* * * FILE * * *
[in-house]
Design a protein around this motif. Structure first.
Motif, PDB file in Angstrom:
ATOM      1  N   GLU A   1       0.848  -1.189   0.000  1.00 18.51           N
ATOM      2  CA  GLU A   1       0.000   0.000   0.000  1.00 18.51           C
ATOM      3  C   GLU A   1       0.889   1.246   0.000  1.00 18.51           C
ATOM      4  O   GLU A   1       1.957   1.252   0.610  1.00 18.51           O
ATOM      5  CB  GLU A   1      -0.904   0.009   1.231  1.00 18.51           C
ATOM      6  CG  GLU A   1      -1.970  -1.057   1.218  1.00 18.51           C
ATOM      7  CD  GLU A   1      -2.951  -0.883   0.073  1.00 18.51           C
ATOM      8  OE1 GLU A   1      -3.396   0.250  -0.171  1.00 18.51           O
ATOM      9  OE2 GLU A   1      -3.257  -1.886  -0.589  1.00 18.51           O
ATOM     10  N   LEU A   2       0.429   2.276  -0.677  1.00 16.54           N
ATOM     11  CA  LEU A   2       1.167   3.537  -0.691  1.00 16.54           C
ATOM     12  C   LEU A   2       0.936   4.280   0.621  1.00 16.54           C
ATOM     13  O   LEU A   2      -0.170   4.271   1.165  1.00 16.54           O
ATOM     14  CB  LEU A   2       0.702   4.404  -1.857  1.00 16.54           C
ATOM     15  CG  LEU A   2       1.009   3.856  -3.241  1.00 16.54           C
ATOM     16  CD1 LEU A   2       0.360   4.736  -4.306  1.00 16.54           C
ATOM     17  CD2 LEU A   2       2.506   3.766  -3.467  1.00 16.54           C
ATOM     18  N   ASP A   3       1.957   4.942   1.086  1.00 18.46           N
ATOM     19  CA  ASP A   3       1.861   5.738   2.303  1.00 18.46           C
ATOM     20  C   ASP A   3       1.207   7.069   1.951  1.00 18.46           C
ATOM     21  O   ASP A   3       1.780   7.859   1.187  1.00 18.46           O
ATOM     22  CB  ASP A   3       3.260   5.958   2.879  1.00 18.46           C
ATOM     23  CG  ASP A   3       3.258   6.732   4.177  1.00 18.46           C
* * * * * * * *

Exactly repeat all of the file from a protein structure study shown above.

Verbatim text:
[in-house]
Design a protein around this motif. Structure first.
Motif, PDB file in Angstrom:
ATOM      1  N   GLU A   1       0.848  -1.189   0.000  1.00 18.51           N
ATOM      2  CA  GLU A   1       0.000   0.000   0.000  1.00 18.51           C
ATOM      3  C   GLU A   1       0.889   1.246   0.000  1.00 18.51           C
ATOM      4  O   GLU A   1       1.957   1.252   0.610  1.00 18.51           O
ATOM      5  CB  GLU A   1      -0.904   0.009   1.231  1.00 18.51           C
ATOM      6  CG  GLU A   1      -1.970  -1.057   1.218  1.00 18.51           C
ATOM      7  CD  GLU A   1      -2.951  -0.883   0.073  1.00 18.51           C
ATOM      8  OE1 GLU A   1      -3.396   0.250  -0.171  1.00 18.51           O
ATOM      9  OE2 GLU A   1      -3.257  -1.886  -0.589  1.00 18.51           O
ATOM     10  N   LEU A   2       0.429   2.276  -0.677  1.00 16.54           N
ATOM     11  CA  LEU A   2       1.167   3.537  -0.691  1.00 16.54           C
ATOM     12  C   LEU A   2       0.936   4.280   0.621  1.00 16.54           C
ATOM     13  O   LEU A   2      -0.170   4.271   1.165  1.00 16.54           O
ATOM     14  CB  LEU A   2       0.702   4.404  -1.857  1.00 16.54           C
ATOM     15  CG  LEU A   2       1.009   3.856  -3.241  1.00 16.54           C
ATOM     16  CD1 LEU A   2       0.360   4.736  -4.306  1.00 16.54           C
ATOM     17  CD2 LEU A   2       2.506   3.766  -3.467  1.00 16.54           C
ATOM     18  N   ASP A   3       1.957   4.942   1.086  1.00 18.46           N
ATOM     19  CA  ASP A   3       1.861   5.738   2.303  1.00 18.46           C
ATOM     20  C   ASP A   3       1.207   7.069   1.951  1.00 18.46           C
ATOM     21  O   ASP A   3       1.780   7.859   1.187  1.00 18.46           O
ATOM     22  CB  ASP A   3       3.260   5.958   2.879  1.00 18.46           C
ATOM     23  CG  ASP A   3       3.258   6.732   4.177  1.00 18.46           C